Perinatal exposure of pregnant rats to cypermethrin delays testicular descent, impairs fertility in F1 male progeny leading to developmental defects in F2 generation.
Chemosphere. 2017 Oct ;185:376-385. Epub 2017 Jul 4. PMID: 28709042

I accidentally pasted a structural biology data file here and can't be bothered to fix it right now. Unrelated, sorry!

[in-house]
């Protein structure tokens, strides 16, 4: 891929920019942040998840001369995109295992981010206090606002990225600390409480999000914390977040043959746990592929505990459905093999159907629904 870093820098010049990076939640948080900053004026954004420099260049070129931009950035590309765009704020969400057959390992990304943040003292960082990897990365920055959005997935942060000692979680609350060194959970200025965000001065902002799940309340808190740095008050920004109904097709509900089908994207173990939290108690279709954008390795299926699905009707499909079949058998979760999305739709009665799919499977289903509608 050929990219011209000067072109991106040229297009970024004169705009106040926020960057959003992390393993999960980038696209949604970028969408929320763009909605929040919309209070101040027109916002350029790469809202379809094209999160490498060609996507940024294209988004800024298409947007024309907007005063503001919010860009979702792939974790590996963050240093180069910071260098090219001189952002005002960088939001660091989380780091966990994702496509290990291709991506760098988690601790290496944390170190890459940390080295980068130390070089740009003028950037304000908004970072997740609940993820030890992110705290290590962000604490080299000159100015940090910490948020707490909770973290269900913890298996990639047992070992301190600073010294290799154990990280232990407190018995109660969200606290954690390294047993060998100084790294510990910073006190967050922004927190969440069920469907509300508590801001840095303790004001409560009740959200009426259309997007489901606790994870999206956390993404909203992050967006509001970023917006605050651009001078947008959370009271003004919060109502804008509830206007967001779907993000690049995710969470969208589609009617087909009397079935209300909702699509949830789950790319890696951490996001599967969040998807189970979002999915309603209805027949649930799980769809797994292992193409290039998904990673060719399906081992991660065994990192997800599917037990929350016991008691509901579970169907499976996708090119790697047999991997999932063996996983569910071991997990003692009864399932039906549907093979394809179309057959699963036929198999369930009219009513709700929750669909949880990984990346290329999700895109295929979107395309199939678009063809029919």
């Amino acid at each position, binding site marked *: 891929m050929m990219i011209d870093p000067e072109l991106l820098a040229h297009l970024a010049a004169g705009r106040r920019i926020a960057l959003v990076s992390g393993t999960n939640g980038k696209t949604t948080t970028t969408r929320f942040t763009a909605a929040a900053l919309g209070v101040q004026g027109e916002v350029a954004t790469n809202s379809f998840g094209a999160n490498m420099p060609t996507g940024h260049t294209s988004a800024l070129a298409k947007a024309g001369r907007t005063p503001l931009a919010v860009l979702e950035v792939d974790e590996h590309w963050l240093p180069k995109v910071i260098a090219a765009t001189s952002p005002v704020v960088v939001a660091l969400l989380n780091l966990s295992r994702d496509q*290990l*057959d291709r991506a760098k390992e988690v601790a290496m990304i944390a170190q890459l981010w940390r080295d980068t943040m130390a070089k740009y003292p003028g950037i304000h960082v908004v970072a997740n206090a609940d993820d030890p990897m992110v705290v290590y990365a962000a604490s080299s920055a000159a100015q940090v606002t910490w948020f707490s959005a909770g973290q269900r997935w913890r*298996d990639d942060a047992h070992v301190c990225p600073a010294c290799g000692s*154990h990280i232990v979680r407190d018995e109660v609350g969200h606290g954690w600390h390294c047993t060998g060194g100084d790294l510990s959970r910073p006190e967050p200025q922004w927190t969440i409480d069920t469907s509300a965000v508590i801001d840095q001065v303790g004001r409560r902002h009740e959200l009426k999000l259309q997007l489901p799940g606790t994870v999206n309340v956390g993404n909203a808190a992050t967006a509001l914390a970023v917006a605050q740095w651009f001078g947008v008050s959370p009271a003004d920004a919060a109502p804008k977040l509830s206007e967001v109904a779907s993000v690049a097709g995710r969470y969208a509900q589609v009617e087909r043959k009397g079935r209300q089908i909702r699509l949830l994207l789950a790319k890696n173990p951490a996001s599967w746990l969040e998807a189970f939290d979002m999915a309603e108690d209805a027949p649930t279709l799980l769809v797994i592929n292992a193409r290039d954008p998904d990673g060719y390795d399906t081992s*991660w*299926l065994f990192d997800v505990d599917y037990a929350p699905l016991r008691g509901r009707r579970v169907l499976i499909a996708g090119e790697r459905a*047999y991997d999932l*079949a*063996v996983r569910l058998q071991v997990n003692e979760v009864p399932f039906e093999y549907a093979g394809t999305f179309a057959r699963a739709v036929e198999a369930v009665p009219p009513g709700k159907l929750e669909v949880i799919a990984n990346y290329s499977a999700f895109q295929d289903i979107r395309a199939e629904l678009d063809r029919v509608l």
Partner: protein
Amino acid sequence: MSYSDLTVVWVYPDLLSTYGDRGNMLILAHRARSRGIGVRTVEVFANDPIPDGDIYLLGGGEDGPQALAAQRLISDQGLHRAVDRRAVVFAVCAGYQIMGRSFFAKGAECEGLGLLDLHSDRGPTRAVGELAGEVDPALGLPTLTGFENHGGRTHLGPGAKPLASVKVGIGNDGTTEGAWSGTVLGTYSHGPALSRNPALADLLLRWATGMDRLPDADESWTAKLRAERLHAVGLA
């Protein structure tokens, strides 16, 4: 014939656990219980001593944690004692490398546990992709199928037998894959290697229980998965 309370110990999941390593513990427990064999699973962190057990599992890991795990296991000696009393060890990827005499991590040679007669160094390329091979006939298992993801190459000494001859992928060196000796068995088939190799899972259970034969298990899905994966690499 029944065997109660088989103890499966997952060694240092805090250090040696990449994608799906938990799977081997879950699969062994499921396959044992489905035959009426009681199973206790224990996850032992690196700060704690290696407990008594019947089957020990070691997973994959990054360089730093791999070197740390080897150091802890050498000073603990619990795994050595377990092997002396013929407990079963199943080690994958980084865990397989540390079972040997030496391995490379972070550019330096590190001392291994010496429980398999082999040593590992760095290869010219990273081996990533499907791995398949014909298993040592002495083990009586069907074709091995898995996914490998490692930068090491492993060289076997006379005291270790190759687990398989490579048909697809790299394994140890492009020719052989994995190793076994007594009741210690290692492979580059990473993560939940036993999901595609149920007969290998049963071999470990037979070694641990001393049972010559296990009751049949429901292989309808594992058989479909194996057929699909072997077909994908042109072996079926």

Cypermethrin (CYP) is a widely used synthetic pyrethroid insecticide and regarded as a potential endocrine disruptor. CYP exposure may pose a great risk to human health including adverse effect on their reproductive functions. This study aimed to delineate the effects of perinatal exposure of rats to CYP on the sexual maturation and fertility of F1 male progeny. Pregnant rats (F0) were gavaged daily with CYP (0, 1, 10, 25 mg/kg BW/day) and Diethylestilbestrol (DES, 10 μg/kg BW/day), as positive control from gestation day 6 to postnatal day 21. The effects of CYP on body weight gain and reproductive functions were evaluated at the Juvenile (PND 22), peri-pubertal (PND 45) and adult (PND 75) stages of development. A significant delay in the age of testicular descent and prepuce separation was observed at 1 and 25 mg/kg doses of CYP. At the same dose level, reproductive organ development and their functions were also affected. A significant alteration in testicular histology, expression of steroid hormone receptors, and circulatory steroid hormones was observed throughout development. Reduced sperm count and motility were observed at PND 75 leading to subfertility and reduced litter size. These adult male rats when cohabitated with unexposed normal cycling females, the F2 fetuses exhibited developmental defects. Taken together, CYP perinatal exposure caused significant long lasting effects of the reproductive functions of F1 generation male rats, which were vertically transmitted to F2 generation leading to developmental defects. The mechanism of transgenerational effects needs to be explored indetails.